• If I feel that I need to read in more detail, I go back and read the paragraphs that were skipped during my first pass.

That is a rough outline of my reading process, to find out more about reading strategies click here and here.

My notes.

The method of note taking I use is most similar to the Outlining Method which is described in detail here.

To summarize the strategy, you start with main points or questions on the left, with each sub-point indented underneath. Like this below;

What is Nuclear Energy?

    • Nuclear energy is created from a chain-reaction where nuclear fission takes place
      • Nuclear Fission is the splitting of an element or atom.
        • Uranium is an element that allows for nuclear fission to take place easily. There are 2 isotopes of uranium:
          • U-235 is synthetic but capable of creating more energy
          • U-238 is the natural form
        • When atoms are split through fission, there is a release of energy
      • Nuclear energy can be used to create atomic bombs, electricity, and propulsion.

That’s just a snippet of some notes I took for an assignment that required me to use a note taking strategy while reading on article on nuclear energy.

Since the assignment only required that we took notes, and didn’t ask any specific questions about the article, I had no real way of prioritizing information other than using the KWL and “5 W’s” method.

Here’s a copy of the actual notes I used for this assignment; UNIV 1001 unit 6 nuclear energy notes. A link to the reading is included at the top of my notes.

In a normal reading assignment I would have assignment questions, and learning objectives to help me narrow in on what’s important, thus my notes would be much more refined than the ones included above. But the file still gives an example of how my notes look when I’m done.

Lastly, start a reference list from the beginning.

Don’t forget the importance of referencing any ideas that you may use in your assignments! I didn’t have references included in my example above, because the notes were the assignment itself, and the article had no relevance to my course. With that said, in any other situation I would have created a section at the bottom of my note page for references.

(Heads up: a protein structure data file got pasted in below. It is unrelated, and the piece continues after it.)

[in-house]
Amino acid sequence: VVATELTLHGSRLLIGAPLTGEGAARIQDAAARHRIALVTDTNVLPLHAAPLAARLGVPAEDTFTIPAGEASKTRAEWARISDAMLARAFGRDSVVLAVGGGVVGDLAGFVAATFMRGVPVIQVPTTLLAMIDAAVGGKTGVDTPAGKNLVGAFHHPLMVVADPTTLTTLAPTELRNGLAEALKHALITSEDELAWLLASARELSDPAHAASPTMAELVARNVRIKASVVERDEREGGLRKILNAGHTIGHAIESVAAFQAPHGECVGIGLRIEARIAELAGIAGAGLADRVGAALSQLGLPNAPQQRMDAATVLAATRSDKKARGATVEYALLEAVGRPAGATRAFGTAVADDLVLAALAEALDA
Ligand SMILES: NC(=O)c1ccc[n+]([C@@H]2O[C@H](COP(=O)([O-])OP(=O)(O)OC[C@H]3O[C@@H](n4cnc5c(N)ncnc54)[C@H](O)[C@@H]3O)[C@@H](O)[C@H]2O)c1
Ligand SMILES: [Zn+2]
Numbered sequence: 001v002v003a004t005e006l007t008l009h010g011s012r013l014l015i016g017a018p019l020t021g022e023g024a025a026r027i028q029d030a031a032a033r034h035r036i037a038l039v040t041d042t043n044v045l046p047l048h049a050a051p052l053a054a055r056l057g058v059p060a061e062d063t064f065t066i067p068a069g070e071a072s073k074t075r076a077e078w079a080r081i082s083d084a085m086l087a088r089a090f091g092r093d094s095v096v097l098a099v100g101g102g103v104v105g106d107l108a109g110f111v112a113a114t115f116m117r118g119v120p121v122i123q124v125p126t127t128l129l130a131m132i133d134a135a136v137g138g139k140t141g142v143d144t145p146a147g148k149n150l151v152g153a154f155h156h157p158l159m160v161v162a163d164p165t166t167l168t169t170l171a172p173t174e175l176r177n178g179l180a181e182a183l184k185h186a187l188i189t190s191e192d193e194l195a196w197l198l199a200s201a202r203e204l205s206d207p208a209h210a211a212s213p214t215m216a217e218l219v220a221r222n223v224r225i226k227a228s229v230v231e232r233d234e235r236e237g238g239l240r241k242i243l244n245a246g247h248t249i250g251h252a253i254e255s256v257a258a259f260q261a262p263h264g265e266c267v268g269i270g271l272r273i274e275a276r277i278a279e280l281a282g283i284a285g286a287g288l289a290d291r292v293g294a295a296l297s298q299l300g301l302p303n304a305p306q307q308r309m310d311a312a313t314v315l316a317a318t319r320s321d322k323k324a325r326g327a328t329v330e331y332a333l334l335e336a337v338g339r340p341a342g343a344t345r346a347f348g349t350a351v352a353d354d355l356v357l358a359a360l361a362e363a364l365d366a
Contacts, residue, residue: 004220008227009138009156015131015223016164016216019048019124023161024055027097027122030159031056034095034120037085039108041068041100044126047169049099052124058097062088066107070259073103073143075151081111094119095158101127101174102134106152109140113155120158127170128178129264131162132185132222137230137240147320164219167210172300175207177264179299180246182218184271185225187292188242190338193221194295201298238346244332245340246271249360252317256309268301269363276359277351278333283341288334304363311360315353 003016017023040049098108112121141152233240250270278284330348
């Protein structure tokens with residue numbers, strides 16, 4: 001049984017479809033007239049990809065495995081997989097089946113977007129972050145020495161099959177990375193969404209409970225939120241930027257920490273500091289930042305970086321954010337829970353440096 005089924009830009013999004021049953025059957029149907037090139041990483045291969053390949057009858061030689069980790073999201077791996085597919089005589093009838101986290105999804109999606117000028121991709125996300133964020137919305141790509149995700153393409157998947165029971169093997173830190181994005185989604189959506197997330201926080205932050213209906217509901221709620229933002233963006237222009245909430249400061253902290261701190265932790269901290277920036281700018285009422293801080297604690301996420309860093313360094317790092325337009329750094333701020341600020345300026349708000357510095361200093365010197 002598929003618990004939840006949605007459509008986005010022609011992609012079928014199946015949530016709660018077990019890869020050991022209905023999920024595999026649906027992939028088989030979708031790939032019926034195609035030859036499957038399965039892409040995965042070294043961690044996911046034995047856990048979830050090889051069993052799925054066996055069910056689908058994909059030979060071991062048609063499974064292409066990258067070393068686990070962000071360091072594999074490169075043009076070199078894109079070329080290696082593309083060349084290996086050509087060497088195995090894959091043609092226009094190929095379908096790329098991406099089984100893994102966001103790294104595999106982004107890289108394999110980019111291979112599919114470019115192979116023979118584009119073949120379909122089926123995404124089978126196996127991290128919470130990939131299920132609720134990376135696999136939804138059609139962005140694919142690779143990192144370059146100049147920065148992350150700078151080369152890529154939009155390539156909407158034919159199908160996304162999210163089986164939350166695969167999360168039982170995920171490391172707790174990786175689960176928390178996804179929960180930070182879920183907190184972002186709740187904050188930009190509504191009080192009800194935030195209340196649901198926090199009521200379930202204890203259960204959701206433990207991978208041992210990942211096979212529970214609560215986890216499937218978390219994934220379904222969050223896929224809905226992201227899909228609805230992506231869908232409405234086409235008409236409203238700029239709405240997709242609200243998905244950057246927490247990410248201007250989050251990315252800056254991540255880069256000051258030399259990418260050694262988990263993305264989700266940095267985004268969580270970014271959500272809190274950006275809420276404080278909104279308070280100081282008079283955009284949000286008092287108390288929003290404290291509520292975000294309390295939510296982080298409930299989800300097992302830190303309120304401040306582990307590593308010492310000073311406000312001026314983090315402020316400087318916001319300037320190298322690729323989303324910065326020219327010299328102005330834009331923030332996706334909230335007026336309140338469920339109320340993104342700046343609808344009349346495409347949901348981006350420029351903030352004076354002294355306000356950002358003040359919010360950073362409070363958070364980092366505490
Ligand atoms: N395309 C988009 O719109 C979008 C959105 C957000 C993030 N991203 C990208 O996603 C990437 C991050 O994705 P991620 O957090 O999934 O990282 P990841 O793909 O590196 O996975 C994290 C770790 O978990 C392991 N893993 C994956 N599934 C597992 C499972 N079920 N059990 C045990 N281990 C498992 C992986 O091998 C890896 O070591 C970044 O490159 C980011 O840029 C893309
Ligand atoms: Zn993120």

I will always make a reference for each page I read from before I even start reading. This way, when I come across something I’d like to use in an assignment I just include an in-text citation, and the reference is already there. This makes it easy to just copy/paste my references into the final drafts later, saving me time, and saving my but from plagiarism!

Hope this helps!

If you have any suggestions to be added to this, or would like to see a more in-depth tutorial, let me know in the comment section below! I’m all ears for improving any of my entries 🙂

Cheers,

Dan


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Further Reading.

Think Literacy Reading Strategies:  https://www.edu.gov.on.ca/eng/studentsuccess/thinkliteracy/files/Reading.pdf

Study Guides and Strategies: http://www.studygs.net/

CAL POLY Note Taking Systems:  http://www.sas.calpoly.edu/asc/ssl/notetakingsystems.html


 

Featured image attributed to Chung Ho Leung under Creative Commons.

3 thoughts on “Note Taking Strategies for Online Classes – UoPeople”

  1. Hello! What you wrote was very interesting and useful! I was glad to read it. If it was taught in my old university, I would have been easier to learn.
    Thank you for this article!